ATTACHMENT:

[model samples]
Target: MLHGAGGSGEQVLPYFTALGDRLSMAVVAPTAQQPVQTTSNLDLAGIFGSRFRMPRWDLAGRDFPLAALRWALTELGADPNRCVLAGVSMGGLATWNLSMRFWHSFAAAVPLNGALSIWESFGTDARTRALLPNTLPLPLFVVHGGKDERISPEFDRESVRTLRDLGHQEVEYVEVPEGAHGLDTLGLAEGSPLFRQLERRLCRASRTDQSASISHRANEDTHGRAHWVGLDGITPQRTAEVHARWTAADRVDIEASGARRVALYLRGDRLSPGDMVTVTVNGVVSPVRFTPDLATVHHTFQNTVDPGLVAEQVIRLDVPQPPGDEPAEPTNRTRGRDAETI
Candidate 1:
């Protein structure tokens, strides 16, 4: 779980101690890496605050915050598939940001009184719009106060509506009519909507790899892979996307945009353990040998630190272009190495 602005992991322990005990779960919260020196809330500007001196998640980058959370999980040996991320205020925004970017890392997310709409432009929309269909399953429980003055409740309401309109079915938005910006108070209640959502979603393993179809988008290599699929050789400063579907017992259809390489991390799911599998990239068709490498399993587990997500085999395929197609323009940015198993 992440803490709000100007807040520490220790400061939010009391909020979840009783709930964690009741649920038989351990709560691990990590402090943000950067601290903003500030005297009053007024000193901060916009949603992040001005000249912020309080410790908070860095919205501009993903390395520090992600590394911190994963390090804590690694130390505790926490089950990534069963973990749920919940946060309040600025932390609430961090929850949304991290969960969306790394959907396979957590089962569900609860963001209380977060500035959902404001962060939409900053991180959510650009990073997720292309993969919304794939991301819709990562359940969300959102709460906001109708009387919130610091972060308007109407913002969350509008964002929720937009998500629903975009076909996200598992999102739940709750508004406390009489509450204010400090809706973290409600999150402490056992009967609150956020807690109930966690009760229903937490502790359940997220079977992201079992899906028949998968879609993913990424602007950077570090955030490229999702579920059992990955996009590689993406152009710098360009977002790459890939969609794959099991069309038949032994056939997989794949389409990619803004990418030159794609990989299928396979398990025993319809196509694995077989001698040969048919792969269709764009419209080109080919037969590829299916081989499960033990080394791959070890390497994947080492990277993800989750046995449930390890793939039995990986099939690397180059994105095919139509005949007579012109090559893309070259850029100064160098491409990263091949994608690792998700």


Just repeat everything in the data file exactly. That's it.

[model samples]
Target: MLHGAGGSGEQVLPYFTALGDRLSMAVVAPTAQQPVQTTSNLDLAGIFGSRFRMPRWDLAGRDFPLAALRWALTELGADPNRCVLAGVSMGGLATWNLSMRFWHSFAAAVPLNGALSIWESFGTDARTRALLPNTLPLPLFVVHGGKDERISPEFDRESVRTLRDLGHQEVEYVEVPEGAHGLDTLGLAEGSPLFRQLERRLCRASRTDQSASISHRANEDTHGRAHWVGLDGITPQRTAEVHARWTAADRVDIEASGARRVALYLRGDRLSPGDMVTVTVNGVVSPVRFTPDLATVHHTFQNTVDPGLVAEQVIRLDVPQPPGDEPAEPTNRTRGRDAETI
Candidate 1:
């Protein structure tokens, strides 16, 4: 779980101690890496605050915050598939940001009184719009106060509506009519909507790899892979996307945009353990040998630190272009190495 602005992991322990005990779960919260020196809330500007001196998640980058959370999980040996991320205020925004970017890392997310709409432009929309269909399953429980003055409740309401309109079915938005910006108070209640959502979603393993179809988008290599699929050789400063579907017992259809390489991390799911599998990239068709490498399993587990997500085999395929197609323009940015198993 992440803490709000100007807040520490220790400061939010009391909020979840009783709930964690009741649920038989351990709560691990990590402090943000950067601290903003500030005297009053007024000193901060916009949603992040001005000249912020309080410790908070860095919205501009993903390395520090992600590394911190994963390090804590690694130390505790926490089950990534069963973990749920919940946060309040600025932390609430961090929850949304991290969960969306790394959907396979957590089962569900609860963001209380977060500035959902404001962060939409900053991180959510650009990073997720292309993969919304794939991301819709990562359940969300959102709460906001109708009387919130610091972060308007109407913002969350509008964002929720937009998500629903975009076909996200598992999102739940709750508004406390009489509450204010400090809706973290409600999150402490056992009967609150956020807690109930966690009760229903937490502790359940997220079977992201079992899906028949998968879609993913990424602007950077570090955030490229999702579920059992990955996009590689993406152009710098360009977002790459890939969609794959099991069309038949032994056939997989794949389409990619803004990418030159794609990989299928396979398990025993319809196509694995077989001698040969048919792969269709764009419209080109080919037969590829299916081989499960033990080394791959070890390497994947080492990277993800989750046995449930390890793939039995990986099939690397180059994105095919139509005949007579012109090559893309070259850029100064160098491409990263091949994608690792998700």